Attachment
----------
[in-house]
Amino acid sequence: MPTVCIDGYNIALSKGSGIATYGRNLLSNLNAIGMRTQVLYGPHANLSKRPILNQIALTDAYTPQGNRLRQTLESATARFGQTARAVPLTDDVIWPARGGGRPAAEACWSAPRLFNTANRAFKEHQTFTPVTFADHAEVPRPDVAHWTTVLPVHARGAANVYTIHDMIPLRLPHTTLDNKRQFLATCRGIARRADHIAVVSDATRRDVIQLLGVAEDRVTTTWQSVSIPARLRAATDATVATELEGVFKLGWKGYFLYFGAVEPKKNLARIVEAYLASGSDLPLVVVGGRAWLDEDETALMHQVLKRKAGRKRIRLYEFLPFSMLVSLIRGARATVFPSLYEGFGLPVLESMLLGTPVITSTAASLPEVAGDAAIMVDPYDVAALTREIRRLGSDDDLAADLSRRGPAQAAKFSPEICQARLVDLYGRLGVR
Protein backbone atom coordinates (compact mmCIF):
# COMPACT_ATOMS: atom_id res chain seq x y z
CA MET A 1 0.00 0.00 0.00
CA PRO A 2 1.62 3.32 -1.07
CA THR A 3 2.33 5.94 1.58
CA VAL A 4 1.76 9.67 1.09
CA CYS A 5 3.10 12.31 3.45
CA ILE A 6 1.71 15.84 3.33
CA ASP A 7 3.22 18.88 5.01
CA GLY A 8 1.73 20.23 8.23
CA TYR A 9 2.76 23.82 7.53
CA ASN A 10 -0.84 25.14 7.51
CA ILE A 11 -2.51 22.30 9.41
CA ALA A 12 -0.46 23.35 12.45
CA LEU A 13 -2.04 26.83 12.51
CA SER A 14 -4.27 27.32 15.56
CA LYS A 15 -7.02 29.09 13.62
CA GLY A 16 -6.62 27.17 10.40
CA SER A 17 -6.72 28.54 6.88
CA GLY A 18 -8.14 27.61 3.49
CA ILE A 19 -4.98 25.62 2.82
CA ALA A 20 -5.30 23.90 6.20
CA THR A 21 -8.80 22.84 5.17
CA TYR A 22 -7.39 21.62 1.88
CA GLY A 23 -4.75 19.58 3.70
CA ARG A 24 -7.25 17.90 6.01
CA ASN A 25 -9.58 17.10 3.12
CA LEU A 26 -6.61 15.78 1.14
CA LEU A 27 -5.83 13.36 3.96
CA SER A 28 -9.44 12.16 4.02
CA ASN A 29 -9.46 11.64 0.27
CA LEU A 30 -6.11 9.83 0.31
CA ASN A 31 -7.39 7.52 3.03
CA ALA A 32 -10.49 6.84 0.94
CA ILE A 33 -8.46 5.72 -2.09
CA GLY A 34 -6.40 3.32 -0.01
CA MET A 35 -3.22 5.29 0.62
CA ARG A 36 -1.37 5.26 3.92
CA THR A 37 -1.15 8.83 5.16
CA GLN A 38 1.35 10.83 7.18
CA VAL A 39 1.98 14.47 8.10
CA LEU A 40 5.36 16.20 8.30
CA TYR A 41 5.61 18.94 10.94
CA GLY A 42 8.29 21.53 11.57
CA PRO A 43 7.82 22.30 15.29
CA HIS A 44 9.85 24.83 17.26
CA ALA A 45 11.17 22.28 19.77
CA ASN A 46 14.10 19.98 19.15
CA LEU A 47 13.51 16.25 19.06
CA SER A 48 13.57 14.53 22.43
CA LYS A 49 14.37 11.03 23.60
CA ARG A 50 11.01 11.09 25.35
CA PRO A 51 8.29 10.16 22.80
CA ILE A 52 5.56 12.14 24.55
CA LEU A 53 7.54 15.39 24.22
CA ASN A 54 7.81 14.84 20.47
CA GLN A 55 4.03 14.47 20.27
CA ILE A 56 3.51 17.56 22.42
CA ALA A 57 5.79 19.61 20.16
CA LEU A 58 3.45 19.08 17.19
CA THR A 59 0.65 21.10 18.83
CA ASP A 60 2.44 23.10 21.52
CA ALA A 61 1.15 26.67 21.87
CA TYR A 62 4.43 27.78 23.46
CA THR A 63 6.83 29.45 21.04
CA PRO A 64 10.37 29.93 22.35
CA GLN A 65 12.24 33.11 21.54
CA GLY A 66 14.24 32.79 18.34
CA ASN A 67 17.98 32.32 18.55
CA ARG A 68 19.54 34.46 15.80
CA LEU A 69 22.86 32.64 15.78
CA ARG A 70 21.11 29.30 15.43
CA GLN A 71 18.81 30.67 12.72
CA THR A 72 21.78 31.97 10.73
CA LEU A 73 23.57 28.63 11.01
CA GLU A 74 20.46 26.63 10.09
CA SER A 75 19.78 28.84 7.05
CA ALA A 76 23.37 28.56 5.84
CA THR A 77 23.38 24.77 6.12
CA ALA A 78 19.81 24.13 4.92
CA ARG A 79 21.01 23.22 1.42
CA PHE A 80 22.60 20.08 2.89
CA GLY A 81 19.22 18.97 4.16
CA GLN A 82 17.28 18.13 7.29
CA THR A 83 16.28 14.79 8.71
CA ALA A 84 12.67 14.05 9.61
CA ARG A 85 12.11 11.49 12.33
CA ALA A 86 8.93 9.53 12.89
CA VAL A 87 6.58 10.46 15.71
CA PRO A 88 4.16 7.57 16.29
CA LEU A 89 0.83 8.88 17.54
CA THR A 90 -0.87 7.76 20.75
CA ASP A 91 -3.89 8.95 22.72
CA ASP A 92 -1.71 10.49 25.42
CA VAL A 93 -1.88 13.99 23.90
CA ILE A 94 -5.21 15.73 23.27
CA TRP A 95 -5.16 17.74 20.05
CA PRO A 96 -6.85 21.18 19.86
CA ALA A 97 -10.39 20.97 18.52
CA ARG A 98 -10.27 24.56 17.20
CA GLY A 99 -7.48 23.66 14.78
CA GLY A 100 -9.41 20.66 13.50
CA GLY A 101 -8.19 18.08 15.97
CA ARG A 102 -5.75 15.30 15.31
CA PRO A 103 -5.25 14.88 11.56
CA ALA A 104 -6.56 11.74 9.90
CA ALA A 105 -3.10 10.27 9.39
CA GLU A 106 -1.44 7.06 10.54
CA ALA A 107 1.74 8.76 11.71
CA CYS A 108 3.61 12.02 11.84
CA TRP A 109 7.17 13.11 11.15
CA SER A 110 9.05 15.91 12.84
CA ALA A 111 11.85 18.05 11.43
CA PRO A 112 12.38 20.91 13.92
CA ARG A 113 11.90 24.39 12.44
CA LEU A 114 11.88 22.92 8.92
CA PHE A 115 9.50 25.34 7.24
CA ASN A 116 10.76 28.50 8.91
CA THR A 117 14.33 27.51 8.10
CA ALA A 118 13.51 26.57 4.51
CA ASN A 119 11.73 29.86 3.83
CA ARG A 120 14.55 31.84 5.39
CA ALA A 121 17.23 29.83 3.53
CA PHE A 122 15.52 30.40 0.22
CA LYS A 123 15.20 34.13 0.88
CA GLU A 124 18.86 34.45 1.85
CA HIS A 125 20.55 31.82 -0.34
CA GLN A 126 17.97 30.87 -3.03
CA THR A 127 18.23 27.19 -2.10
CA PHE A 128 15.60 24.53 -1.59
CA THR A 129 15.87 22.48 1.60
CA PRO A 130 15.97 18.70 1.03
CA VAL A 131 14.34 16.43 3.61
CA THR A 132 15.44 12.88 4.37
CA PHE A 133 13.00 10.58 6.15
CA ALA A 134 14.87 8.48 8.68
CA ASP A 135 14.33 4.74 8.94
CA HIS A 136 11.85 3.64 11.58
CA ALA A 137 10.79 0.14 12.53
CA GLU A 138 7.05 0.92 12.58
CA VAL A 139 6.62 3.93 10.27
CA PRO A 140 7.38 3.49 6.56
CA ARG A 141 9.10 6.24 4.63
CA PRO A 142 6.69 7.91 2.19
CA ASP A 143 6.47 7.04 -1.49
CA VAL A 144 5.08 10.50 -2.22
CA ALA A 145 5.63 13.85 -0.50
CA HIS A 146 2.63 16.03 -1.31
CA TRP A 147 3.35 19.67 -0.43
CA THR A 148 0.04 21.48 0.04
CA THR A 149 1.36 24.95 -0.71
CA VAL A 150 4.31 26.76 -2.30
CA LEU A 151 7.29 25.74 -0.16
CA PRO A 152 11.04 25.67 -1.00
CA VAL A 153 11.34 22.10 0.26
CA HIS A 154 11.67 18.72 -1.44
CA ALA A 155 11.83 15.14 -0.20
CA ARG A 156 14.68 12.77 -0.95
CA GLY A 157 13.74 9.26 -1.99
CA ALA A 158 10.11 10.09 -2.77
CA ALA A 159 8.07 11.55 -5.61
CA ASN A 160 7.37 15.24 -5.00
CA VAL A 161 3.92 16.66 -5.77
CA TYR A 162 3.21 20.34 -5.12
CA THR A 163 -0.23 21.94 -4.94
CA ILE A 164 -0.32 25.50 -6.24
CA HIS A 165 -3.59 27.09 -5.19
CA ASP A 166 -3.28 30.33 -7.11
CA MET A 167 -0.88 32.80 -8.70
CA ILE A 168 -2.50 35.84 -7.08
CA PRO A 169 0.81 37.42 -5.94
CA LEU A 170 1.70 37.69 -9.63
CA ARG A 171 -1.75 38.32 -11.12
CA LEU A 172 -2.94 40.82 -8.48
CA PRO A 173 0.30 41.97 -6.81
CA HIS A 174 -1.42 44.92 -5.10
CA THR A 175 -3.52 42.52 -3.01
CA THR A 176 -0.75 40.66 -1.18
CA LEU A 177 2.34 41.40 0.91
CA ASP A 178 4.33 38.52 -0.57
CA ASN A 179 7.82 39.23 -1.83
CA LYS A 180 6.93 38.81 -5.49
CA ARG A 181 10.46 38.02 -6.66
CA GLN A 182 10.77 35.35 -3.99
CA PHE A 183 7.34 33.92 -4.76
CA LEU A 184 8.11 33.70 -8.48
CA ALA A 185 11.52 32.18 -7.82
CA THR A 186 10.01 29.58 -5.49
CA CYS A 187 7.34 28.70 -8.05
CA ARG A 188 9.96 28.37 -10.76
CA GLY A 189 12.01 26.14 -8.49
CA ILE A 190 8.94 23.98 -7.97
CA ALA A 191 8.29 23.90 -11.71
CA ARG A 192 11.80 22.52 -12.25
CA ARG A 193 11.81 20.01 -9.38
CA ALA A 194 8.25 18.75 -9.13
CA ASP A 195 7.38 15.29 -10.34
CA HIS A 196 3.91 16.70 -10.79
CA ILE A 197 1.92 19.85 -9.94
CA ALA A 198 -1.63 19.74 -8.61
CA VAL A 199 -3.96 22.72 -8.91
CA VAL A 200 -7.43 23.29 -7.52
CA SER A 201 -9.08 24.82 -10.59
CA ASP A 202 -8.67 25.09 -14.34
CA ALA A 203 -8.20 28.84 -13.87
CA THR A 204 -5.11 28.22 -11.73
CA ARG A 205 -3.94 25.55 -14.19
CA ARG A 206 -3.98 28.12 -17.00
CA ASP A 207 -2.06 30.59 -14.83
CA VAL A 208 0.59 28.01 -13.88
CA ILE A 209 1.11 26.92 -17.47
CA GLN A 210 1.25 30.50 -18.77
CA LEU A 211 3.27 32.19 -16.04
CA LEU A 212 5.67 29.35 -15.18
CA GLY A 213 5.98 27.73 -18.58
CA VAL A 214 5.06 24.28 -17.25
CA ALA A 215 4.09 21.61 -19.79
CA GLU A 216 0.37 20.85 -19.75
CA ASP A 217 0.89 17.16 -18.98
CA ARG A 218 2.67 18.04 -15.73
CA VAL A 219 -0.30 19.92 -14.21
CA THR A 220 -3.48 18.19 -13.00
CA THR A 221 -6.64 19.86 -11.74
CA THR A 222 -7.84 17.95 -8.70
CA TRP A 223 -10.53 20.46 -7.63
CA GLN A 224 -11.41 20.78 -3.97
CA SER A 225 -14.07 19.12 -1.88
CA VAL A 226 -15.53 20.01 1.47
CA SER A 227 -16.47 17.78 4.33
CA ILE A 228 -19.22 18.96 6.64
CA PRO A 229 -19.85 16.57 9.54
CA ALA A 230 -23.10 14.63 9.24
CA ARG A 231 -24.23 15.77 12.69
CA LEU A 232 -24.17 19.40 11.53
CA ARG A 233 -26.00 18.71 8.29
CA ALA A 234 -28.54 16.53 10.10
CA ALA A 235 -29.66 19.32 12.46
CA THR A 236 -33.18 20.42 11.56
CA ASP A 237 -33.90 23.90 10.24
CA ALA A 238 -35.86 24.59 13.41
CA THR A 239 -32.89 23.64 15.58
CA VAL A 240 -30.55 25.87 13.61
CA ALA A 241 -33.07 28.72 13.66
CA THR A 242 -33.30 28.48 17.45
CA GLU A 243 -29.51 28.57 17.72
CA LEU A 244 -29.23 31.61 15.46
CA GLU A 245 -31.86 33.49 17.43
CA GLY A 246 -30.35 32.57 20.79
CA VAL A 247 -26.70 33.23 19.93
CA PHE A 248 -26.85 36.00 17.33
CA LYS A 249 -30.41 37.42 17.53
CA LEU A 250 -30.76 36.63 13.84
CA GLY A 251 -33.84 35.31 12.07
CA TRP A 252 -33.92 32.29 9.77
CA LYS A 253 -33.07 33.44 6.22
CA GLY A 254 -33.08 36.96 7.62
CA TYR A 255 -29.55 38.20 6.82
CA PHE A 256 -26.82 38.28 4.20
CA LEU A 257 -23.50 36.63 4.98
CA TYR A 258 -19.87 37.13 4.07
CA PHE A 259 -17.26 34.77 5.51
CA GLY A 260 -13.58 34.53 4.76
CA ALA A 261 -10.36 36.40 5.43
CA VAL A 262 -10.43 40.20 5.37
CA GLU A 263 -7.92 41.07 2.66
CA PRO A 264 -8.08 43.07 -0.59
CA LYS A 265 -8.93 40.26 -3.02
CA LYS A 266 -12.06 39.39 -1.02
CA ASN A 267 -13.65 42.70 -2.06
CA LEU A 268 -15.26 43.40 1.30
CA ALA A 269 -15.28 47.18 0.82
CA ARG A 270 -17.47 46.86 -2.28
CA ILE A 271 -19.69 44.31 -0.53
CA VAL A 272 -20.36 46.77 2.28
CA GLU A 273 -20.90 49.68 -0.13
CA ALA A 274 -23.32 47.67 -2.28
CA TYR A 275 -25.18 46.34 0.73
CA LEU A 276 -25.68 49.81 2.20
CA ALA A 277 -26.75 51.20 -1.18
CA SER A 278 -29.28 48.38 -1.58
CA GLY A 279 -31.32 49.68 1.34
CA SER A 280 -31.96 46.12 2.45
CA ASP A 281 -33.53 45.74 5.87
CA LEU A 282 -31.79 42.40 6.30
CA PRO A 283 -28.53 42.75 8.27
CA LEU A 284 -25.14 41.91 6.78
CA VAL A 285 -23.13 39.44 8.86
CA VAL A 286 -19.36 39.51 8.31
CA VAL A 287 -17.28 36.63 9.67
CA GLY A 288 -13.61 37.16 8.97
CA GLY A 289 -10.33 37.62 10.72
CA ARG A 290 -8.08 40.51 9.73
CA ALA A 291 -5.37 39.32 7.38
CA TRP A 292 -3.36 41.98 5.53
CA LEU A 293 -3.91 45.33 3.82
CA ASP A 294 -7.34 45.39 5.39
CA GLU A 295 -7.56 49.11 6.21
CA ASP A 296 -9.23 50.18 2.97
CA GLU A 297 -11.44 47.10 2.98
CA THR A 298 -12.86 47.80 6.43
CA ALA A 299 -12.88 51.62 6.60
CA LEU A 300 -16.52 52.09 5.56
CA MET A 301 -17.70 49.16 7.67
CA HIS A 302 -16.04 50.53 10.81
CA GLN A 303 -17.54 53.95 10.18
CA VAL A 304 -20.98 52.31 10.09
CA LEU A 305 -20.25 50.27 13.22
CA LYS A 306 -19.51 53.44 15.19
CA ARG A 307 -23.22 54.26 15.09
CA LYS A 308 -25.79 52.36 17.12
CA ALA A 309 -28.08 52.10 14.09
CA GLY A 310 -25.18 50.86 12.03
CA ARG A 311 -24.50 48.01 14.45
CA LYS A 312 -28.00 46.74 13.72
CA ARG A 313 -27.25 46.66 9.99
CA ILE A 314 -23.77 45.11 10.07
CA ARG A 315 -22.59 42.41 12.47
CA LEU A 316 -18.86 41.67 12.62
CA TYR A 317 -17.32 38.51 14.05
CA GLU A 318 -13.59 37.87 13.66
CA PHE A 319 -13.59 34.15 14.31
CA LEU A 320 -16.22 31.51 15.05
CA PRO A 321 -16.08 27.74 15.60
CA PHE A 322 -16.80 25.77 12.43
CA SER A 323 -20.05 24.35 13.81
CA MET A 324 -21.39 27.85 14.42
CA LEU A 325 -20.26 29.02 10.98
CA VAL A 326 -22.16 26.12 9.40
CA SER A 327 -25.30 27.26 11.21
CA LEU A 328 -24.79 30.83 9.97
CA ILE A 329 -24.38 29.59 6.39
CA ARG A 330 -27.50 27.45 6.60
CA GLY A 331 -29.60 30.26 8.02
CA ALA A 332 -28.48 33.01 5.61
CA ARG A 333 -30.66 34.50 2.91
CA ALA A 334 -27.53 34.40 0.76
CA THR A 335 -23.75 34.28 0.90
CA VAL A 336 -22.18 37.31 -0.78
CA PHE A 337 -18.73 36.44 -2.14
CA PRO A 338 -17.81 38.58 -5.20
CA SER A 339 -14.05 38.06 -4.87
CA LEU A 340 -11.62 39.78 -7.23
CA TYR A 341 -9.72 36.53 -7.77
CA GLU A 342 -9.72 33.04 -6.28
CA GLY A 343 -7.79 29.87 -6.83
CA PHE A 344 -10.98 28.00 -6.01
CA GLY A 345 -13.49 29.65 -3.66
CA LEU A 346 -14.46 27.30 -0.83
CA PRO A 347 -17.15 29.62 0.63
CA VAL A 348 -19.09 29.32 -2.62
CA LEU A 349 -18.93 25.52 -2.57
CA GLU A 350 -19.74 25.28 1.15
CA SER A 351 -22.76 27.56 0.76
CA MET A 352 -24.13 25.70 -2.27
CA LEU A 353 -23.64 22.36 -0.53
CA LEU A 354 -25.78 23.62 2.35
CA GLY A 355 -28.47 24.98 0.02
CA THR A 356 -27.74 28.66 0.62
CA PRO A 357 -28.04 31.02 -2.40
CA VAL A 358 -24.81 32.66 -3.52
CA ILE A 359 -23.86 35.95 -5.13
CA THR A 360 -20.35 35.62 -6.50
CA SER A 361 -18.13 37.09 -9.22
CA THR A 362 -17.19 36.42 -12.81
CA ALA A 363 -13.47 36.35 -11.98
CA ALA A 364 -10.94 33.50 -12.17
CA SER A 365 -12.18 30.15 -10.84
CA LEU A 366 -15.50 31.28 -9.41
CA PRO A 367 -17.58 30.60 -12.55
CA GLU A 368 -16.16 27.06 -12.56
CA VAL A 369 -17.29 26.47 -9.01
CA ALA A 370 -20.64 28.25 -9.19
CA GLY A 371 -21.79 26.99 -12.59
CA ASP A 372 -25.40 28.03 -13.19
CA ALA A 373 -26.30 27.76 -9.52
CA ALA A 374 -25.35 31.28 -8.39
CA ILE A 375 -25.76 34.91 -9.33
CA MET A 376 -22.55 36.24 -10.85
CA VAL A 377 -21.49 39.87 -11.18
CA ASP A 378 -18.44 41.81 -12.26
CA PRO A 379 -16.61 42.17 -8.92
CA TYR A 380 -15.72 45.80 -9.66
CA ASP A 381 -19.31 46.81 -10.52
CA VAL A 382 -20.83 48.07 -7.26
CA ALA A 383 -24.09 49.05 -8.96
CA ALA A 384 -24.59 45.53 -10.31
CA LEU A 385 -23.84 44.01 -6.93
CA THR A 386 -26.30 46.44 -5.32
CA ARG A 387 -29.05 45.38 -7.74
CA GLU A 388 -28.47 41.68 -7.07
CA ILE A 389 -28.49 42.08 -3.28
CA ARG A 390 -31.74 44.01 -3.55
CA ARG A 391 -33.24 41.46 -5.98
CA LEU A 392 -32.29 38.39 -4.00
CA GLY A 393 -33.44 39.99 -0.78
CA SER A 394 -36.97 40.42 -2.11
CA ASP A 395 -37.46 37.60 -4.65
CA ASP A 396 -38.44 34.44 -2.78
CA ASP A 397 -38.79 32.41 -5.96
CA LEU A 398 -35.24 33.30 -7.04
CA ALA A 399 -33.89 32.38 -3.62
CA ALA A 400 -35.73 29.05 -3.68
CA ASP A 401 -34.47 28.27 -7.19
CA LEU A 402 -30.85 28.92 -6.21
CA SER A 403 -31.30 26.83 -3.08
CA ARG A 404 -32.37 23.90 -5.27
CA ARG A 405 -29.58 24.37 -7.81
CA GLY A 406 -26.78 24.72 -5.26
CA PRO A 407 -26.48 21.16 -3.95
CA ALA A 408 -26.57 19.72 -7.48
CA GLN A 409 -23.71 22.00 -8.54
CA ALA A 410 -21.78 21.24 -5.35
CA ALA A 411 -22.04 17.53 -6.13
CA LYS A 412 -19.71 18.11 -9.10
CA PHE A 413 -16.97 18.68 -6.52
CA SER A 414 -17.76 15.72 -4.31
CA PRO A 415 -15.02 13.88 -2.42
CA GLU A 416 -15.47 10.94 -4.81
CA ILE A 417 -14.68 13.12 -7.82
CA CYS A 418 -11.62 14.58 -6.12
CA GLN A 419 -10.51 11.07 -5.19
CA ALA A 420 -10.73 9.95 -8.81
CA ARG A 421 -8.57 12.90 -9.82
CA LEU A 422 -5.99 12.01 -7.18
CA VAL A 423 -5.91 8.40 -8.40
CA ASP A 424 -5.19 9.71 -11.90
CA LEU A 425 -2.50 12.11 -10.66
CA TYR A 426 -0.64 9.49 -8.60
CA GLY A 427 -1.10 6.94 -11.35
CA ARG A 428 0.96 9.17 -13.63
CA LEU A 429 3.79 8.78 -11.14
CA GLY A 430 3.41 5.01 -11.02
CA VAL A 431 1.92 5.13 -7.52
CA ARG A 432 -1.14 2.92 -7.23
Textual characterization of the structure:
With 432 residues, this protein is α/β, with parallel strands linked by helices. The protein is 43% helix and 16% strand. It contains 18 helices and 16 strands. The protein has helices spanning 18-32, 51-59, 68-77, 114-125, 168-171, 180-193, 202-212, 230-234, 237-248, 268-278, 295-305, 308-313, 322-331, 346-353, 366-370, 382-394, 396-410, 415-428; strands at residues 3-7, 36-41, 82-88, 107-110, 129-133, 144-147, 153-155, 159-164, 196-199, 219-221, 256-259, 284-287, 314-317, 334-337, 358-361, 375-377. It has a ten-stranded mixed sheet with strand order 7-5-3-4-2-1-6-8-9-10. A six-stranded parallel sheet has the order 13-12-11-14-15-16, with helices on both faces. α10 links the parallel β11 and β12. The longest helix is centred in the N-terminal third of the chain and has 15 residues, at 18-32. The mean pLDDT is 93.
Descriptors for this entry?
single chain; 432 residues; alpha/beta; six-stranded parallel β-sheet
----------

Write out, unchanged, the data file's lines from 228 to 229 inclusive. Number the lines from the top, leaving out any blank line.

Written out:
CA GLN A 224 -11.41 20.78 -3.97
CA SER A 225 -14.07 19.12 -1.88